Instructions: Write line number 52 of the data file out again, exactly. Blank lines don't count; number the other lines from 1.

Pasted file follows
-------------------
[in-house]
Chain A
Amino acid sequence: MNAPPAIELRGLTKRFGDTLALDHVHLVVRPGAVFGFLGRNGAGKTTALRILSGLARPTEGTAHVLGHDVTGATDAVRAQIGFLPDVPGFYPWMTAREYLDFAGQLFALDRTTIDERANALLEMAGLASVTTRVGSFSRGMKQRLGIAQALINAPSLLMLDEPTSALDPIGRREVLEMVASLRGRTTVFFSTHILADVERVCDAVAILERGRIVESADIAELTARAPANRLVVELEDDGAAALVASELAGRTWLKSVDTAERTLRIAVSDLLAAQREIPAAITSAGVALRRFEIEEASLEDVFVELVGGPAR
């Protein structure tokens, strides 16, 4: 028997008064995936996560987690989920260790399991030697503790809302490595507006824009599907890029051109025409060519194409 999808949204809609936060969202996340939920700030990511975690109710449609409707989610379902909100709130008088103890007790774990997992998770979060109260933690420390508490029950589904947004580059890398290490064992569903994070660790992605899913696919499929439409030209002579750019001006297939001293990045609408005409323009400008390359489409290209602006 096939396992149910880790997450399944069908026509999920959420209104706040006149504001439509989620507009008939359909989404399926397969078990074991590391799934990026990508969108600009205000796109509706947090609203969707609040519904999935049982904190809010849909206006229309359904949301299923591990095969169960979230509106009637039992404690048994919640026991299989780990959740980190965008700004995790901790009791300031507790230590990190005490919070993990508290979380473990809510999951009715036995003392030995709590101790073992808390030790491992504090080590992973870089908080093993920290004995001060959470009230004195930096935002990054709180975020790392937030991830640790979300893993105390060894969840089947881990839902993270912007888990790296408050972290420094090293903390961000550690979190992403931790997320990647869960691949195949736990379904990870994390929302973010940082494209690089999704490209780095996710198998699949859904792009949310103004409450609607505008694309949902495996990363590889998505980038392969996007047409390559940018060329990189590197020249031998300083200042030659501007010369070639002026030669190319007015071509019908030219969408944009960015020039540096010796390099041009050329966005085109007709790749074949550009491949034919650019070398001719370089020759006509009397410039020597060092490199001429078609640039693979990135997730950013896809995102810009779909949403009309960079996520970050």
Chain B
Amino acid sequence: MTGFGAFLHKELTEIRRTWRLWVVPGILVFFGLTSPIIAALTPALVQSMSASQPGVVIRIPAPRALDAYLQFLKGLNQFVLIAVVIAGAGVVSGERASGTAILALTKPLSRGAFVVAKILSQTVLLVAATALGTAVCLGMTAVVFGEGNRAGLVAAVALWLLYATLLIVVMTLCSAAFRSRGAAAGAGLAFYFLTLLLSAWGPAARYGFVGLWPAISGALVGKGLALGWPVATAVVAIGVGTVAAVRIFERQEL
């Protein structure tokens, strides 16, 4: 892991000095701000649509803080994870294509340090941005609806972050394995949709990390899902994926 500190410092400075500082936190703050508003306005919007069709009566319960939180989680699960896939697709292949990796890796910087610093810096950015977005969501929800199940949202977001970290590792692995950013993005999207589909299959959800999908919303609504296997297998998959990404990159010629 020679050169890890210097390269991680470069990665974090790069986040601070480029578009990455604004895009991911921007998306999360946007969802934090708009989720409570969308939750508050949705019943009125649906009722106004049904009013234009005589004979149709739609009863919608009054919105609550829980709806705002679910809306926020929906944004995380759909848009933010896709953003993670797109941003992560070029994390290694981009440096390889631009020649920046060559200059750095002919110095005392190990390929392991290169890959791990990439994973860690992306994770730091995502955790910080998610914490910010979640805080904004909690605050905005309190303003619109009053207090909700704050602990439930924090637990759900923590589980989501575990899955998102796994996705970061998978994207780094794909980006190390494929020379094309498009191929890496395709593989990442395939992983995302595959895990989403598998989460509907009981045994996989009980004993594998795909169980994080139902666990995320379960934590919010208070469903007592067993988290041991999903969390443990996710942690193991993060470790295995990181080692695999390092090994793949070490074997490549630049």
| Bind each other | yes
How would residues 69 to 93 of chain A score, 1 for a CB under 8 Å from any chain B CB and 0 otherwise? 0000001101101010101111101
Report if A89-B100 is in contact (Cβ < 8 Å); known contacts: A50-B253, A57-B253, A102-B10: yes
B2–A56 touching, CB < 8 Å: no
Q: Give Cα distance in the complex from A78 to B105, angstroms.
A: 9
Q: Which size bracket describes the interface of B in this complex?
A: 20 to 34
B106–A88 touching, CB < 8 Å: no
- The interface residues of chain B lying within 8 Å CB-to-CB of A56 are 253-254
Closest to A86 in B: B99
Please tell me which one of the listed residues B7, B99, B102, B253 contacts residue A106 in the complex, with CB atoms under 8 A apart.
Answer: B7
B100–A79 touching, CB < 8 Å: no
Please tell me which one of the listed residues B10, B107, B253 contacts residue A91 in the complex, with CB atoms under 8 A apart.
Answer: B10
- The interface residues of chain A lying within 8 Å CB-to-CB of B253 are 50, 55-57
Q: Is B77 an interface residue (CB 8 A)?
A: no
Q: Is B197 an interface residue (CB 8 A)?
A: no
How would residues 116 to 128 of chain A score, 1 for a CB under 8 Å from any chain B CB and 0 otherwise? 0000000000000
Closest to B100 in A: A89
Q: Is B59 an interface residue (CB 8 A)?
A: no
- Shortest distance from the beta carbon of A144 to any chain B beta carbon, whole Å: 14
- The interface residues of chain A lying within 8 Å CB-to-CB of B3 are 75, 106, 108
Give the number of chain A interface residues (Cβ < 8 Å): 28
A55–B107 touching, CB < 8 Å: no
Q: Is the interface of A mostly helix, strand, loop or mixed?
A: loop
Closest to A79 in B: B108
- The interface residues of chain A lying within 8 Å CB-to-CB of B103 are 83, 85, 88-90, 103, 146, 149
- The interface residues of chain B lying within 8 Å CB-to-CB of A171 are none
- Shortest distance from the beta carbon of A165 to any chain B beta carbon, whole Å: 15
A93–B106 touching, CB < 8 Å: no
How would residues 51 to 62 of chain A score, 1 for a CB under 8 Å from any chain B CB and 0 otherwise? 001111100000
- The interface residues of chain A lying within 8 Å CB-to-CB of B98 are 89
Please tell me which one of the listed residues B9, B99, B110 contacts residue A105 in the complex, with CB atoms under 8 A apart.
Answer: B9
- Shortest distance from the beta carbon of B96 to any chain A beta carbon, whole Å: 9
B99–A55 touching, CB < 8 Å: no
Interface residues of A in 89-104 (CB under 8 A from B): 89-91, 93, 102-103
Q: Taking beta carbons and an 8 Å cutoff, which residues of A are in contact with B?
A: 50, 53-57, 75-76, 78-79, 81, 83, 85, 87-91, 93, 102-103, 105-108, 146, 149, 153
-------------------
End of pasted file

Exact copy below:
A: 50, 53-57, 75-76, 78-79, 81, 83, 85, 87-91, 93, 102-103, 105-108, 146, 149, 153